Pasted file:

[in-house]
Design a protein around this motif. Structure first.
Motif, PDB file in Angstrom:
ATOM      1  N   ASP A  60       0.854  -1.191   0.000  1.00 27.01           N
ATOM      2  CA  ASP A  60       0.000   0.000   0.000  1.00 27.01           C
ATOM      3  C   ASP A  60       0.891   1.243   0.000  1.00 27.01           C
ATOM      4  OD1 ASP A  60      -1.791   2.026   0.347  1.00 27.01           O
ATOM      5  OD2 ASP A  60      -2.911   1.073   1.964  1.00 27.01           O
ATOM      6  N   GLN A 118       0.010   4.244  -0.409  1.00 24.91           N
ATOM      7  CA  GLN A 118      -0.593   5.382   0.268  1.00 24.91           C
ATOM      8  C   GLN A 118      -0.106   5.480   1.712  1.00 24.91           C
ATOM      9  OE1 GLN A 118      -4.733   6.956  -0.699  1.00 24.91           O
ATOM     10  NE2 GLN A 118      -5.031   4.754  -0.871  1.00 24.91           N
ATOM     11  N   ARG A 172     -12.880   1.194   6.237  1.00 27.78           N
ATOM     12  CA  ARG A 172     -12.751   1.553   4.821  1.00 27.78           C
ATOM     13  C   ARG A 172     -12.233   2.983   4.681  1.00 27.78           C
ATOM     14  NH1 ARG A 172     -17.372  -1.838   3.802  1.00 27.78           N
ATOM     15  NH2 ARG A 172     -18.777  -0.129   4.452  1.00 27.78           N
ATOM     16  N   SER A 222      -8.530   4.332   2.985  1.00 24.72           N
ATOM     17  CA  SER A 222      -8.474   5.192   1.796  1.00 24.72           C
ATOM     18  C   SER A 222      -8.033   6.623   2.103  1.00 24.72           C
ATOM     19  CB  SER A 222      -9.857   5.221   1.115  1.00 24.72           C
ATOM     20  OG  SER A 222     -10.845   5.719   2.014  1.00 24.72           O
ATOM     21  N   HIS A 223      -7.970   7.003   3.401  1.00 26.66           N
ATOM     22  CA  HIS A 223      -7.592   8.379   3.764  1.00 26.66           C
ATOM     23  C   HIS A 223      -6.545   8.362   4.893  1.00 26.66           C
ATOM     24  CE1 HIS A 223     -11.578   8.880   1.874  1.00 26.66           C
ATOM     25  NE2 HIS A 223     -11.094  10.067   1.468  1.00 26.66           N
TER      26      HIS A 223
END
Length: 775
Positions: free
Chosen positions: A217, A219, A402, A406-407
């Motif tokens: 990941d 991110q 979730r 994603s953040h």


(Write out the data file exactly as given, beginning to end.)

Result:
[in-house]
Design a protein around this motif. Structure first.
Motif, PDB file in Angstrom:
ATOM      1  N   ASP A  60       0.854  -1.191   0.000  1.00 27.01           N
ATOM      2  CA  ASP A  60       0.000   0.000   0.000  1.00 27.01           C
ATOM      3  C   ASP A  60       0.891   1.243   0.000  1.00 27.01           C
ATOM      4  OD1 ASP A  60      -1.791   2.026   0.347  1.00 27.01           O
ATOM      5  OD2 ASP A  60      -2.911   1.073   1.964  1.00 27.01           O
ATOM      6  N   GLN A 118       0.010   4.244  -0.409  1.00 24.91           N
ATOM      7  CA  GLN A 118      -0.593   5.382   0.268  1.00 24.91           C
ATOM      8  C   GLN A 118      -0.106   5.480   1.712  1.00 24.91           C
ATOM      9  OE1 GLN A 118      -4.733   6.956  -0.699  1.00 24.91           O
ATOM     10  NE2 GLN A 118      -5.031   4.754  -0.871  1.00 24.91           N
ATOM     11  N   ARG A 172     -12.880   1.194   6.237  1.00 27.78           N
ATOM     12  CA  ARG A 172     -12.751   1.553   4.821  1.00 27.78           C
ATOM     13  C   ARG A 172     -12.233   2.983   4.681  1.00 27.78           C
ATOM     14  NH1 ARG A 172     -17.372  -1.838   3.802  1.00 27.78           N
ATOM     15  NH2 ARG A 172     -18.777  -0.129   4.452  1.00 27.78           N
ATOM     16  N   SER A 222      -8.530   4.332   2.985  1.00 24.72           N
ATOM     17  CA  SER A 222      -8.474   5.192   1.796  1.00 24.72           C
ATOM     18  C   SER A 222      -8.033   6.623   2.103  1.00 24.72           C
ATOM     19  CB  SER A 222      -9.857   5.221   1.115  1.00 24.72           C
ATOM     20  OG  SER A 222     -10.845   5.719   2.014  1.00 24.72           O
ATOM     21  N   HIS A 223      -7.970   7.003   3.401  1.00 26.66           N
ATOM     22  CA  HIS A 223      -7.592   8.379   3.764  1.00 26.66           C
ATOM     23  C   HIS A 223      -6.545   8.362   4.893  1.00 26.66           C
ATOM     24  CE1 HIS A 223     -11.578   8.880   1.874  1.00 26.66           C
ATOM     25  NE2 HIS A 223     -11.094  10.067   1.468  1.00 26.66           N
TER      26      HIS A 223
END
Length: 775
Positions: free
Chosen positions: A217, A219, A402, A406-407
């Motif tokens: 990941d 991110q 979730r 994603s953040h």